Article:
In Chrono Trigger, Square’s classic time travel role-playing game from 1995, a band of time-displaced adventurers team up to prevent an apocalypse, by changing the course of events leading up to its happening. As part of an optional subplot, during a respite from the exhaustion of incessant time leaps and bounds, the adventurers rest near a campfire and reflect on the course of evets that has lifted each of them from their respective time locales and brought them together across epochs. In a moment of unprompted philosophical interrogation, the characters contemplate the idea that their reality has been shifted by some unbounded agent, and is dependent on the desires and piecemeal memories of this “Entity”:
Robo: I have come to think that someone, or something wanted us to see all this.
The different events over time, that we have witnessed.
It is almost as if some entity wanted to relive its past.
Magus: …so who is this Entity?
Robo: It is unknown, whose memories these are. It may be something beyond our comprehension.
The game’s time bandits are gathered, and are able to navigate their linear time line, as a result of the sudden appearance of portals, or “Gates”, into their world. Gates are fixed phenomena which link specific spatio-temporal singularities to one another. If a Gate becomes overloaded with travellers during a single attempted leap, they are pushed to “the space-time coordinates of least resistance” – a sort of Art Deco-inspired liminal zone known as The End of Time. Gates therefore, Robo hypothesises, could be deliberate ruptures in the fabric of space-time, caused by a higher-dimensional being unable to transport itself back through time. The characters’ union, in this case, would serve to recreate key historical events as the “memories” of this Entity, or even to replace them with alternatives. These interventions, therefore, would constitute an aesthetic exercise for the Entity, a method of rendering its world legible and scalable through the act of transforming its surroundings into the sensations and materials of art.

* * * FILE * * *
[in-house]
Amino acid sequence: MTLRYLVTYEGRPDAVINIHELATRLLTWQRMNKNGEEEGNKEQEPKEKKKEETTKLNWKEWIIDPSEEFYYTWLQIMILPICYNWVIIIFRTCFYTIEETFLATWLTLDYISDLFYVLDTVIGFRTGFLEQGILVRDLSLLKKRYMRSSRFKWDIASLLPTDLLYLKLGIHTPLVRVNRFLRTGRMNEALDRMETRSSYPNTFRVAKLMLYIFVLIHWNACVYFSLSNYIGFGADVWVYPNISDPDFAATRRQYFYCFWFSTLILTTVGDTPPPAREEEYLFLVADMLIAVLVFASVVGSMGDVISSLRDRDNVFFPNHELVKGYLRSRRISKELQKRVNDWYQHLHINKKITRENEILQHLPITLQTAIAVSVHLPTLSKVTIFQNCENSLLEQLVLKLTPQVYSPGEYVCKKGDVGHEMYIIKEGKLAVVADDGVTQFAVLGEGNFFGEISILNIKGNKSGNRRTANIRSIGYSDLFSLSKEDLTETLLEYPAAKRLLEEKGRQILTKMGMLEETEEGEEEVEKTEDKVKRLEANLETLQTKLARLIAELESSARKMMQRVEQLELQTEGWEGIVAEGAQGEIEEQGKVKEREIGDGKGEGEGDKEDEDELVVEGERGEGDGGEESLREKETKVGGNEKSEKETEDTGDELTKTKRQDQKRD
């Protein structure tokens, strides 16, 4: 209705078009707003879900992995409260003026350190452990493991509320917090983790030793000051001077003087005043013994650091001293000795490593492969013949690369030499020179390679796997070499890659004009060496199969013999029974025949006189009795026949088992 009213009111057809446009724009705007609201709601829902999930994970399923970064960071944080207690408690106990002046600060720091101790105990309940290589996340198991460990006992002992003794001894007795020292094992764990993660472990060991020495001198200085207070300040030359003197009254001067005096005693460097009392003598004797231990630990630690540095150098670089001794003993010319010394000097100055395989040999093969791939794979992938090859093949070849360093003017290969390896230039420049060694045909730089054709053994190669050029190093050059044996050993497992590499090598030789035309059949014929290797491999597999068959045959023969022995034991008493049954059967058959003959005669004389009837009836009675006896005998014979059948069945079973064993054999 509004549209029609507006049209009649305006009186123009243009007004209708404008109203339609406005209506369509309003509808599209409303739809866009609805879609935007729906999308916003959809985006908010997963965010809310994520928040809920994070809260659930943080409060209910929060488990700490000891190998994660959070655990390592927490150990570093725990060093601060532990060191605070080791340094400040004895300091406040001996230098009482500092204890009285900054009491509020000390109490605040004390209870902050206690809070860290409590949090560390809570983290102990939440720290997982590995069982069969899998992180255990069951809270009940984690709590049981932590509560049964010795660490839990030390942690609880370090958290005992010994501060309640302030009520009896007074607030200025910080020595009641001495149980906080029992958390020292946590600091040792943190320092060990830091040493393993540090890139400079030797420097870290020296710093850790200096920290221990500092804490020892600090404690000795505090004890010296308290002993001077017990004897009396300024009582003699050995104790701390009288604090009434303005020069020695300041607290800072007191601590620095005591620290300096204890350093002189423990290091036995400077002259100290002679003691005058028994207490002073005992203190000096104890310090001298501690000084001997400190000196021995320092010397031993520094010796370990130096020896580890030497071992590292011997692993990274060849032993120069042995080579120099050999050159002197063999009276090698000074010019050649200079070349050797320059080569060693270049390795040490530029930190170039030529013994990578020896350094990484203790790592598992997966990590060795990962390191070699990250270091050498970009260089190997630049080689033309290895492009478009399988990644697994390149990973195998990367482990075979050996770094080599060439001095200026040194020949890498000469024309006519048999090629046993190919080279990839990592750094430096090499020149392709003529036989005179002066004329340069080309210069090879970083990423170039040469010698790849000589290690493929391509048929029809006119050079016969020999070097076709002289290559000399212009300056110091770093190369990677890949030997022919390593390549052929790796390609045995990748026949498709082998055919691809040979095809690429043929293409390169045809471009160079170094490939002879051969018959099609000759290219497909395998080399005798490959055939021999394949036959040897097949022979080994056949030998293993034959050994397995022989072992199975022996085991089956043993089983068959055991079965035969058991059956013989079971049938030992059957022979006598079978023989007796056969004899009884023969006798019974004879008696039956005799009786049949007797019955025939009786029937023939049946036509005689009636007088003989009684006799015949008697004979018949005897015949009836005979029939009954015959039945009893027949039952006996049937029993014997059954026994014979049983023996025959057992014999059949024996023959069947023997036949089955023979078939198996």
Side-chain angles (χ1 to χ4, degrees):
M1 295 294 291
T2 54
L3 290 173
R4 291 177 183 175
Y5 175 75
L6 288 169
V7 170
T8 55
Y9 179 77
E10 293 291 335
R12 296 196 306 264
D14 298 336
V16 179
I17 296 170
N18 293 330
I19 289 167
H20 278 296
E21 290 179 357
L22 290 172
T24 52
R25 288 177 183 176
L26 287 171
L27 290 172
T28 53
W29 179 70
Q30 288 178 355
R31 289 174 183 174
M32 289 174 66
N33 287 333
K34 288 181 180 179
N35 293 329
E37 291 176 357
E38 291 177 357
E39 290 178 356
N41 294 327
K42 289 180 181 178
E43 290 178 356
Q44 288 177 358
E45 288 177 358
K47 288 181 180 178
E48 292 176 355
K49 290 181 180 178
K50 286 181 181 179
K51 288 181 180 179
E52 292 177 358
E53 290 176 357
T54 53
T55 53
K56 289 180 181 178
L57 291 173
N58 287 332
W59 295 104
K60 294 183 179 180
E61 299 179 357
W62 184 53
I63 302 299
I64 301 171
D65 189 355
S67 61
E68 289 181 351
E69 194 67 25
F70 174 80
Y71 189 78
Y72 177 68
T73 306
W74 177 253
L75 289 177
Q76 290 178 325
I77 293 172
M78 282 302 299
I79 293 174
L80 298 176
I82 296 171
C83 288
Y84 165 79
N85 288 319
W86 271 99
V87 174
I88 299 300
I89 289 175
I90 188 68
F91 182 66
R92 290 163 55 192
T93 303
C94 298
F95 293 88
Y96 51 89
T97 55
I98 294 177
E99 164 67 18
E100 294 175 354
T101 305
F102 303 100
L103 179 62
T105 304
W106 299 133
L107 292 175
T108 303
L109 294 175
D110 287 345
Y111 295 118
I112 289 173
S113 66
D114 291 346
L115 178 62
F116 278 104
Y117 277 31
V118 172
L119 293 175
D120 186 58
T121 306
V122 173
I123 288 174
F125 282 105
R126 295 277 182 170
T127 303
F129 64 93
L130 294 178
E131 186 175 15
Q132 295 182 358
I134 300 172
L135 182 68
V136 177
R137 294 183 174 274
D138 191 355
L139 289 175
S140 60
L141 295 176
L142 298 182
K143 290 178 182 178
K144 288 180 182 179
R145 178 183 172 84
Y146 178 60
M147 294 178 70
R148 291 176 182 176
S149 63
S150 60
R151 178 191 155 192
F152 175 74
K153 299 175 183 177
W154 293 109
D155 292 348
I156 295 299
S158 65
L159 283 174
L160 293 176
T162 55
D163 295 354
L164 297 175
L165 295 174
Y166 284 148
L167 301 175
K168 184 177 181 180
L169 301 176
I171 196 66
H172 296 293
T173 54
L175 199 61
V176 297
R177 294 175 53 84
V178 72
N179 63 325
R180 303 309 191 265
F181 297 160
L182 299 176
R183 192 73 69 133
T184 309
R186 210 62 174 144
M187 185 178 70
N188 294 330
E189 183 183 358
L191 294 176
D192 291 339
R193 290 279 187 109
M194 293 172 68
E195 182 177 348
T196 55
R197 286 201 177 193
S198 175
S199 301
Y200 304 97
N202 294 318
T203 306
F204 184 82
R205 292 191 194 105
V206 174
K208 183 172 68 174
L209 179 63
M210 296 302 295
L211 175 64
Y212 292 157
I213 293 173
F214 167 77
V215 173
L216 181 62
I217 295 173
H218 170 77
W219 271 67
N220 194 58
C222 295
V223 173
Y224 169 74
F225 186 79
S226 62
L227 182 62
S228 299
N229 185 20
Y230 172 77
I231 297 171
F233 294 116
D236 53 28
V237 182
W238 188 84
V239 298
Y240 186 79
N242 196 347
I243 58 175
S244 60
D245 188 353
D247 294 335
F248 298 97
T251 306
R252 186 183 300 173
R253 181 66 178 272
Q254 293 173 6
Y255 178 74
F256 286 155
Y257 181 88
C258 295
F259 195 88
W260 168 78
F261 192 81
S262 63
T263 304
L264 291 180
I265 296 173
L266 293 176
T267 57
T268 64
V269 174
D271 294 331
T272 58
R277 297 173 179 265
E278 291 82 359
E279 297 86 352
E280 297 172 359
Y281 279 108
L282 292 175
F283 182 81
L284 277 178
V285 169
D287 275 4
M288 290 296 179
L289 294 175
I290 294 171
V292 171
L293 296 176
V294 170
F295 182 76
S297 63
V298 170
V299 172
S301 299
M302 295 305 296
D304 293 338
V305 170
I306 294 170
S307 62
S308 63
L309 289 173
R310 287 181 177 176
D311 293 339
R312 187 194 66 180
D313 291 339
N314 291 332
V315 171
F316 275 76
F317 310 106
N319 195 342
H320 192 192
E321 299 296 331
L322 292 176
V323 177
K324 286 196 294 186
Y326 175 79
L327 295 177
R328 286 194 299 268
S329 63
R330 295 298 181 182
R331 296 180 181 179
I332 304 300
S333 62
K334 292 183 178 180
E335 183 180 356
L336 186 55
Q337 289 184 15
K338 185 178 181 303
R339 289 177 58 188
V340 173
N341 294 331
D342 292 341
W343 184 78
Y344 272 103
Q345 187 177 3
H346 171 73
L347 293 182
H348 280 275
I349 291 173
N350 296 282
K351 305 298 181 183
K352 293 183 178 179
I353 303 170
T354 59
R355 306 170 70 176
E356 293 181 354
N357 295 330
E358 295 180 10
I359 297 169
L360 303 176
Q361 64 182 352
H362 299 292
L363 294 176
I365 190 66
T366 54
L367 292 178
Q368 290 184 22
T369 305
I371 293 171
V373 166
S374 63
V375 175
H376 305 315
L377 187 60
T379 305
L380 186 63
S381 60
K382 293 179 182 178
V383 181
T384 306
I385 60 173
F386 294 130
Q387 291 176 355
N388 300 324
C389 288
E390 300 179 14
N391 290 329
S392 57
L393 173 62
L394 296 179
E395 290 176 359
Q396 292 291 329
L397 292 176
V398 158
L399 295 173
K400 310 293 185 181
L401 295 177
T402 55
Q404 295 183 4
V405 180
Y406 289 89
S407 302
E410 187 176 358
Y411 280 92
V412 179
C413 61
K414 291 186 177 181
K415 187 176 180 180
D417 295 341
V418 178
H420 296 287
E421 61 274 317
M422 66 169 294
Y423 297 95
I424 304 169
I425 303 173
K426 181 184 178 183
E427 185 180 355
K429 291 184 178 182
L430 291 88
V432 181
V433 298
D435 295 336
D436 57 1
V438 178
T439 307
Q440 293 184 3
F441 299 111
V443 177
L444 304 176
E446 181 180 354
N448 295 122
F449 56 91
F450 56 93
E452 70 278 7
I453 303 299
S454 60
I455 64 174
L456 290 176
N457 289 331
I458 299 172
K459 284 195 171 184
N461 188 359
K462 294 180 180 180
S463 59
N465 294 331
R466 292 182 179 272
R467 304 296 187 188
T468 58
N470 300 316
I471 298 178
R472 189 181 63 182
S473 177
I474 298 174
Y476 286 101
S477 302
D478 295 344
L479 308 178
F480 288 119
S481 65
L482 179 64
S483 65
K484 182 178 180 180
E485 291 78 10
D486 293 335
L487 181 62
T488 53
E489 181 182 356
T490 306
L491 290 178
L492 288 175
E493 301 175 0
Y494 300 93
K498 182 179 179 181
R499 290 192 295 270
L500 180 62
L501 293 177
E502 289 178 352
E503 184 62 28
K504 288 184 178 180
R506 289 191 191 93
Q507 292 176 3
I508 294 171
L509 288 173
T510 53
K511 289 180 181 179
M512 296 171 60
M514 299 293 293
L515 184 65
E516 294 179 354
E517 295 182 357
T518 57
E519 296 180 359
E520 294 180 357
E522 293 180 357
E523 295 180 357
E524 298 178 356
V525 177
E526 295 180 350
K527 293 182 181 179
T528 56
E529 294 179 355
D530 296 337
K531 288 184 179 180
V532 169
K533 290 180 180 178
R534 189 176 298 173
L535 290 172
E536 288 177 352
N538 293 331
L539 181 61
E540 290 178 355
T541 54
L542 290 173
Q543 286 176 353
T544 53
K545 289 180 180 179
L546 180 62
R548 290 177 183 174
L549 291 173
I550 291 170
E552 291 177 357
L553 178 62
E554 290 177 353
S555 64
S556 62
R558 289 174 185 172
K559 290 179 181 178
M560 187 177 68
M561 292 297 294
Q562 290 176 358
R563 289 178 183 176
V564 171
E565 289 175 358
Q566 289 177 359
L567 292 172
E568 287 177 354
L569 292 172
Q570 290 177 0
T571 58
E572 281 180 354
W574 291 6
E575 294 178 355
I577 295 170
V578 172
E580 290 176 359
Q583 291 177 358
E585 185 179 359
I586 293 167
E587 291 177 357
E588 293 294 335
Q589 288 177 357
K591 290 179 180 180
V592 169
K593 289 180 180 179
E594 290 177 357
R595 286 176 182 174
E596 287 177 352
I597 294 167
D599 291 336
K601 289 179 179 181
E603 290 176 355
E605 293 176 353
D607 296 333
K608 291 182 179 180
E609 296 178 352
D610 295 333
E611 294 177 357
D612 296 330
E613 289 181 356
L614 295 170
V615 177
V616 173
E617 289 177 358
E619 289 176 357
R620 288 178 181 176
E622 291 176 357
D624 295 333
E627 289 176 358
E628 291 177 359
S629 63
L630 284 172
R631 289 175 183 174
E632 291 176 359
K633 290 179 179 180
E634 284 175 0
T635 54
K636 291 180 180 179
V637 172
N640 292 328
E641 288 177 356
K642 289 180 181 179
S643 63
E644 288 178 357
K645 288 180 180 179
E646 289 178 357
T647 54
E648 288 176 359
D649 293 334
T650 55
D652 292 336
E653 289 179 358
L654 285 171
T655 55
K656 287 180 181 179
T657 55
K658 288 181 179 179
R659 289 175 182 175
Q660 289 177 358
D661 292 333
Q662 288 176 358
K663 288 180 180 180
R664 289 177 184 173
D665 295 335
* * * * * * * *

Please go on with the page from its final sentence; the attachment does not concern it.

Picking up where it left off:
I can’t help but think that the narrative component of Chrono Trigger would greatly amuse Nick Land, whose e-book/extended essay Templexity investigates the logical inconsistencies of the time-travel narrative while at the same time detailing a new methodology for critically understanding the ways in which time (as granularised fictional order) has folded our social and cultural histories. From H.G. Wells’s The Time Machine, right up to Land’s primary case study, the 2012 science fiction blockbuster Looper, time-travel narratives have been unanimously concerned with the transportation of bodies (or characters) from a present moment to either a (pre-)historical past or imagined future, often at the expense of a study into the mechanics of temporal disorder itself. It is though narratives presented in this way, inflexibly, that we have come to understand “time-travel” as “the dramatization of something else”, and to which the reader is posited as outside spectator. Such conceptions are riddled with paradoxes, however; some of which even have names: the Grandfather Paradox, the Bootstrap Paradox, and so on. Put simply, to transport a body through time would require the body to have always appeared at every point of temporal insertion, which would result in the displacement of genesis, endless duplication, the feeding of time machines and portals into themselves, and all sorts of unimagined bizarre inconsistencies often left unaccounted for in time-travel fiction.
For “time anomaly” to exist, therefore, it must have always been present, or not at all (§5.4). For Land, his resident city of Shanghai represents, indeed functions as a certain kind of time machine, one that operates through the cultural erasure and nonspecificity of Art Deco. Both “excess code” and “the sign of a vivid yet unspoken modernity” (§5.2), Art Deco architecture and visual motifs impose a stringent narratology on Shanghai’s storied and variegated cultural legacy, connecting it to both everywhere (heterotopia) and nowhere (utopia). A narrative line of linear progression (modernism) decodes what is otherwise a progressive urban development, layered by means of spiral temporal geometry (#7.8).